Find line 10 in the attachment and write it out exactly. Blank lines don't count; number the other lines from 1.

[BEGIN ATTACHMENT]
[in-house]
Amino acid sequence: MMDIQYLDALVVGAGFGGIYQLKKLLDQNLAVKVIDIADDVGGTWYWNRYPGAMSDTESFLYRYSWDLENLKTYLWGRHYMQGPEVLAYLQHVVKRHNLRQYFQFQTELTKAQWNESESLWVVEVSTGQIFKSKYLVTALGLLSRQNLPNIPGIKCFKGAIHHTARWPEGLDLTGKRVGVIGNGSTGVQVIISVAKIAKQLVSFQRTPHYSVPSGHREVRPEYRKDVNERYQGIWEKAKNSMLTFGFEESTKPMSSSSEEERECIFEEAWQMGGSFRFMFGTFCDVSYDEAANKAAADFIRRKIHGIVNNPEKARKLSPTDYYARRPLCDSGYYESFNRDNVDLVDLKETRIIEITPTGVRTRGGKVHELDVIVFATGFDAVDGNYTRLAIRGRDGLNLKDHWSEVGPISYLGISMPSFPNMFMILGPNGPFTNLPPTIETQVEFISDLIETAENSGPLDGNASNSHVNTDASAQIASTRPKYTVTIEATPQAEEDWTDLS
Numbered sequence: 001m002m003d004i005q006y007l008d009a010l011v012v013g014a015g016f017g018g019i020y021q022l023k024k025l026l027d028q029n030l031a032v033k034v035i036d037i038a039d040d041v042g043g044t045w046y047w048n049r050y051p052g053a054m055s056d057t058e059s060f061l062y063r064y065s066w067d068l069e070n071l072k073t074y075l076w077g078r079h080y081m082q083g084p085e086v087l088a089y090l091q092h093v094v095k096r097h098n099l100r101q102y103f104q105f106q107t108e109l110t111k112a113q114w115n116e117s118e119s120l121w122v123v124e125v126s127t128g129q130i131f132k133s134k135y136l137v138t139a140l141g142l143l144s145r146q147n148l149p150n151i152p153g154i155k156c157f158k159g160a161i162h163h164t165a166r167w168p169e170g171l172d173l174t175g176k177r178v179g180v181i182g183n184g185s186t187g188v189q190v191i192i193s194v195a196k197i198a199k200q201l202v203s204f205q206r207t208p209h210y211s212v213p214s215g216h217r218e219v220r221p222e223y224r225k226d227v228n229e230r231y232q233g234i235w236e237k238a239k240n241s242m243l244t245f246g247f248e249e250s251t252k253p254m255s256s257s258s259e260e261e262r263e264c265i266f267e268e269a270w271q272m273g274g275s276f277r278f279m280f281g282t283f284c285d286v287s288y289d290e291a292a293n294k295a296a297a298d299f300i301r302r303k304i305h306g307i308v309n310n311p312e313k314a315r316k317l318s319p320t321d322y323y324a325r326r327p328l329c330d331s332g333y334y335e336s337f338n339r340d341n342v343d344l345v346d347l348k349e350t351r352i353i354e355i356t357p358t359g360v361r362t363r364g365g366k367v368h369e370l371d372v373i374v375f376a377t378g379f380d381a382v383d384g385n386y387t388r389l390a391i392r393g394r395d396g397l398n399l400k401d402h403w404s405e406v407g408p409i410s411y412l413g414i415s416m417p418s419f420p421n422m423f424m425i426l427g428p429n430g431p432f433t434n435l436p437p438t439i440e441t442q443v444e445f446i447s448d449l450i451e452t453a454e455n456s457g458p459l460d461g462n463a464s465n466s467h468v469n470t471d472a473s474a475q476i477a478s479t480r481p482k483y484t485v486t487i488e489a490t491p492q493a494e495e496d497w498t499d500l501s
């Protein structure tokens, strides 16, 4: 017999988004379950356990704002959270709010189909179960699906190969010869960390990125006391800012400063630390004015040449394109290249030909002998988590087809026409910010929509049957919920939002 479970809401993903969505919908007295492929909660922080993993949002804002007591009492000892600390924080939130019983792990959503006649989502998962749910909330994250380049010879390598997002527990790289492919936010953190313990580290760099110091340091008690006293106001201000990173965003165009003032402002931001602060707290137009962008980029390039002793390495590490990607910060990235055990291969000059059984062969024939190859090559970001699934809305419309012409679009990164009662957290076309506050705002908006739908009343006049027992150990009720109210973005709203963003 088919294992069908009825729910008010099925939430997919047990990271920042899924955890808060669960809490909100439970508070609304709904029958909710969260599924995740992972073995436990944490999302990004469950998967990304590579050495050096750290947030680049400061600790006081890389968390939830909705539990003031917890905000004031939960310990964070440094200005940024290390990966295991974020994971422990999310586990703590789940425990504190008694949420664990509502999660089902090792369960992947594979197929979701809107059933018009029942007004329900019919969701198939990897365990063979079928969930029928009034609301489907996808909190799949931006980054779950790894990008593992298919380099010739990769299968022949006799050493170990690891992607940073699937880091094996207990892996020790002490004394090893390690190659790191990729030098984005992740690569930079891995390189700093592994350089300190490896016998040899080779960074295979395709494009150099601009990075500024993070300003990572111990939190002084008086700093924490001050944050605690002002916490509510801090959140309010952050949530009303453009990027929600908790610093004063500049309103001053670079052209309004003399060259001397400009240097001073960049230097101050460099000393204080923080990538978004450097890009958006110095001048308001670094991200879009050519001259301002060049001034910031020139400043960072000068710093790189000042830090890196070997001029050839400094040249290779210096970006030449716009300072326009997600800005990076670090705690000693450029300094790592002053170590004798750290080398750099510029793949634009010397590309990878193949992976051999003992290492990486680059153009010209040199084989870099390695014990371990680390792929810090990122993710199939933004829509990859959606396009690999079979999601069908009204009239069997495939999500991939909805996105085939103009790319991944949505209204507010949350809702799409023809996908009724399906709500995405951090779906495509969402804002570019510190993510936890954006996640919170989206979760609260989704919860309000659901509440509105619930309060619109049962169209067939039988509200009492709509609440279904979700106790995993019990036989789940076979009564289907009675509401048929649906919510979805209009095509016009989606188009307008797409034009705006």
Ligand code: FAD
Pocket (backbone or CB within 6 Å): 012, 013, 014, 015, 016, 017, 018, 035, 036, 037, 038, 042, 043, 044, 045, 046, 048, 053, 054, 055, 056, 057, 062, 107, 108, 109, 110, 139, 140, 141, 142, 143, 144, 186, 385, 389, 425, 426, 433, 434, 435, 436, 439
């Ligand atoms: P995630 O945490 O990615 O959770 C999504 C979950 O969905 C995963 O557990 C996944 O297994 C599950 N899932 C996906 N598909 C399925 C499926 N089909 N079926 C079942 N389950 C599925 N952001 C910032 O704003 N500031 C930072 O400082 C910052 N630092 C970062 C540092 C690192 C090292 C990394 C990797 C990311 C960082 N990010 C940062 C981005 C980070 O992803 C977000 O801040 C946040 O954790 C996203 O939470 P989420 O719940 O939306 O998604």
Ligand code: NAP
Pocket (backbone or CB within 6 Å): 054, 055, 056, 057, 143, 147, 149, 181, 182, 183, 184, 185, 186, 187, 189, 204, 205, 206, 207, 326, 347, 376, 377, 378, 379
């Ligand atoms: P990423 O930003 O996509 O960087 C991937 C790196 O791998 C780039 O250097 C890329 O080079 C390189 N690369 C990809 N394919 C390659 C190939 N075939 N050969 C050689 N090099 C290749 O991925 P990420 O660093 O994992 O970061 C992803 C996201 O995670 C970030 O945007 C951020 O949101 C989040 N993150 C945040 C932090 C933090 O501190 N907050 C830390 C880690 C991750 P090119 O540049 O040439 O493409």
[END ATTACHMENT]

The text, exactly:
């Ligand atoms: P990423 O930003 O996509 O960087 C991937 C790196 O791998 C780039 O250097 C890329 O080079 C390189 N690369 C990809 N394919 C390659 C190939 N075939 N050969 C050689 N090099 C290749 O991925 P990420 O660093 O994992 O970061 C992803 C996201 O995670 C970030 O945007 C951020 O949101 C989040 N993150 C945040 C932090 C933090 O501190 N907050 C830390 C880690 C991750 P090119 O540049 O040439 O493409």